1 Review Questions

a. Inequality of income across countries was already very wide at the end of the medieval period.

  • Answer

    False: It started widening after the Industrial Revolution. Before the revolution, growth was almost null around the world. Production was very close to the subsistence level and there were no investments. Technological progress was the catalyst of growth and, since it was heterogeneous across countries, induced an increase in inequality.

2 The Golden Rule for Savings

This problem aims to get you used to the basic logic of the Solow-Swan model. This exercise is a particular case in which we have a Cobb-Douglas production function, population growth and no technology. In the notation of the class, population growth is , technological growth is and the production function is with .

Question: Can you get what is the original production function ?

Question: What is the interpretation of ? Why is it between and ?

a. Express the steady-state level of consumption as a function of and the exogenous parameters , and (but not ).

Question: Before starting, what is the difference between exogenous and endogenous?

First, we have to recall how to express consumption in this model. What is consumed is what is produced minus what is invested, therefore . The saving rate is exogenous, but production is a function of capital . We are also reminded that at the steady state . This is key to expressing the steady state level of consumption, as a function of the exogenous variables and , but not :

Here we have as a function of and .

b. Use the result to the previous question to find the optimum level of from the point of view of consumption.

This question asks to maximise consumption with respect to capital. We want to answer the question: what is the level of that gives me the maximum ? This is a standard optimisation problem. The first order condition requires setting the first derivative of the objective function, in our case consumption in the steady state, to be equal to :

Remember that you can express this quantity differently by playing with the exponent!

Question: What about the second-order condition?

c. Express the steady-state level of consumption as a function of the exogenous parameters only (, , , also including ).

We have to perform the same operation as before, but without including in the expression for consumption. Therefore, we must first find as a function of the exogenous variables only, to be able to substitute it in the expression for consumption. We start from the fact that :

We can now substitute in the expression for , as it is expressed only as a function of exogenous variables:

Here we have which only depends on and .

d. Use the result to the previous question to find the optimum level of the savings rate from the point of view of consumption.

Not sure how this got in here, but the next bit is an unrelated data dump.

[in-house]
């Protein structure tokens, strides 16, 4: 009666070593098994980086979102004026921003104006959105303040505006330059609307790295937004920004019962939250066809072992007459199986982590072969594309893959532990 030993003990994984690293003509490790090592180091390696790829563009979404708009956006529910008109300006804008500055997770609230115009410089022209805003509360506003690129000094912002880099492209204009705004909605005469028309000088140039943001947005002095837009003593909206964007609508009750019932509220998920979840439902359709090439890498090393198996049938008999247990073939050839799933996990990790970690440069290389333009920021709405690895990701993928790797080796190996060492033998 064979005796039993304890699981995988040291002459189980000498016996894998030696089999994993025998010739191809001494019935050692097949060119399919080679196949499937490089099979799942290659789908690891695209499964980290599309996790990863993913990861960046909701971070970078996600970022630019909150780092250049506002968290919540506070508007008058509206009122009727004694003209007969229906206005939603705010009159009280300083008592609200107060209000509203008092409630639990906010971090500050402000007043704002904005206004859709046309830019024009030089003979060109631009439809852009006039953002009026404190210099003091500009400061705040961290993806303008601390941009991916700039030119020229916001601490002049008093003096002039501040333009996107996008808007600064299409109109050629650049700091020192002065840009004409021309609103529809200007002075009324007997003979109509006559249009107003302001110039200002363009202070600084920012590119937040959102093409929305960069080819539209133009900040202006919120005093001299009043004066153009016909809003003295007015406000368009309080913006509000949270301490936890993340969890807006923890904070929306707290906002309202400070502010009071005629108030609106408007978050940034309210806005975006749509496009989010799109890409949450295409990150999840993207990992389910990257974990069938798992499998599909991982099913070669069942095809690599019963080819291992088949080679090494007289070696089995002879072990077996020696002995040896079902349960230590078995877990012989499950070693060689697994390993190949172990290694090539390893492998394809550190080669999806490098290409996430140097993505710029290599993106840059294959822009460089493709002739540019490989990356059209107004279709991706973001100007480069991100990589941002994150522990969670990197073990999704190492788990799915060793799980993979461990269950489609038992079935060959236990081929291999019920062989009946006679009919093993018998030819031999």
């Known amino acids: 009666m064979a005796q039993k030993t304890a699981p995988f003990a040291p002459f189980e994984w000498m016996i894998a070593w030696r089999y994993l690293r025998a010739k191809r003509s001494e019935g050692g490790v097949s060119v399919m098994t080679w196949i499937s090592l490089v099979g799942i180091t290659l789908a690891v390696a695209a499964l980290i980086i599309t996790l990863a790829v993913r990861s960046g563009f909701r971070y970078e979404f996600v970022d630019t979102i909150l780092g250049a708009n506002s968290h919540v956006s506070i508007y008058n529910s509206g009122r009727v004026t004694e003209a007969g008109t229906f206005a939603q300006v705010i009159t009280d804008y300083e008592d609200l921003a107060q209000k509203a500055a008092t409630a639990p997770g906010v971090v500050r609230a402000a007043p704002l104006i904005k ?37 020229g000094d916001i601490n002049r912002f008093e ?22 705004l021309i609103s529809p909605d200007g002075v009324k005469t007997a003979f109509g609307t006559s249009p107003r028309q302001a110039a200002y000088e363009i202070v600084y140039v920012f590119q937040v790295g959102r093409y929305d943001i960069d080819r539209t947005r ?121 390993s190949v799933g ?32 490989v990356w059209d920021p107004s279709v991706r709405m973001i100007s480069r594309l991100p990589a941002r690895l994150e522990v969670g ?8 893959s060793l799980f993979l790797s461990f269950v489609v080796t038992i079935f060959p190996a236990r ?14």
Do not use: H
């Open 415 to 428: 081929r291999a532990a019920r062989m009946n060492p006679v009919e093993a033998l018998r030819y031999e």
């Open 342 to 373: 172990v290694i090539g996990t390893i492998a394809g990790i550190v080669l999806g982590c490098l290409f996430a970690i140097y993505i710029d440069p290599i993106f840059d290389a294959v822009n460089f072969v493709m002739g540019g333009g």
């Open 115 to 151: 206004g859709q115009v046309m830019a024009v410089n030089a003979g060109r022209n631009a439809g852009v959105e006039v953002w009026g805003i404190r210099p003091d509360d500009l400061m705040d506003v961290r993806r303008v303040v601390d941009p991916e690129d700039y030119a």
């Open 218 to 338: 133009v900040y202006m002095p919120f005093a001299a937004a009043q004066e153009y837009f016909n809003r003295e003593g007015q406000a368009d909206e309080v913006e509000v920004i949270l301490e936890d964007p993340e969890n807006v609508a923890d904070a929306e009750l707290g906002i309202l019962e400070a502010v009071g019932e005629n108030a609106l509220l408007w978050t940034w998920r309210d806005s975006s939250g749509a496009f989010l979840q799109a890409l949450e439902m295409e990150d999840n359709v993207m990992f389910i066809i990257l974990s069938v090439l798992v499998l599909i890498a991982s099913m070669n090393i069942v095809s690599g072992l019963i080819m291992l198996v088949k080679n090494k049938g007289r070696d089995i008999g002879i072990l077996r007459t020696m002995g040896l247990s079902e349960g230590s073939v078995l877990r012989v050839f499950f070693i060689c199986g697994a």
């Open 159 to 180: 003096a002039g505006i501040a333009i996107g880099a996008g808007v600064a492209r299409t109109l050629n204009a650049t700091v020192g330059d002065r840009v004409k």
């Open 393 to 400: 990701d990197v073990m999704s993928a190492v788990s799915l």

Again, same story as the previous point, but instead of maximising for we do it for . First, we rewrite to be able to take the derivative easily. Remember that . By changing the fraction we had in the previous point we obtain . We also isolate the variable with respect to which we must take the derivative (only to make the computations easier, there is no need to do this if you are comfortable with derivatives):

We are now ready to solve the maximisation problem (here I provided very detailed calculations, if you are comfortable with calculus you do not need to write everything as I do here). First, I recall the rules for deriving a product. In general, we have the following:

In our case the two functions are and . Everything is multiplied by the constant which does not affect the derivative (you should remember this fact, if not, ask!). First, we compute the derivative for each of the functions that compose the product:

Then, by applying the general rule:

By setting the derivative equal to zero, we can get rid of the constant (equivalent to dividing each side of the equality by the constant itself).

We are left with the following:

The that maximises consumption is exactly , the exponent of the production function. This is more or less intuitive, the more your function is relatively productive, as captured by , the more you save.

Question: Again, what about the second-order conditions for this problem?

e. Comment the results obtained to questions and : how are they related?

Consider the expressions and that we computed in points b. and c.

Next, consider the result obtained in point d.

By combining or with (substituting or in one of the two expressions) you find that ! If we would have two distinct expressions maximising consumption, which is not possible if we only have one maximum in steady state, as in this case.

Question: There is another (probably many) way to answer this question, can you get it?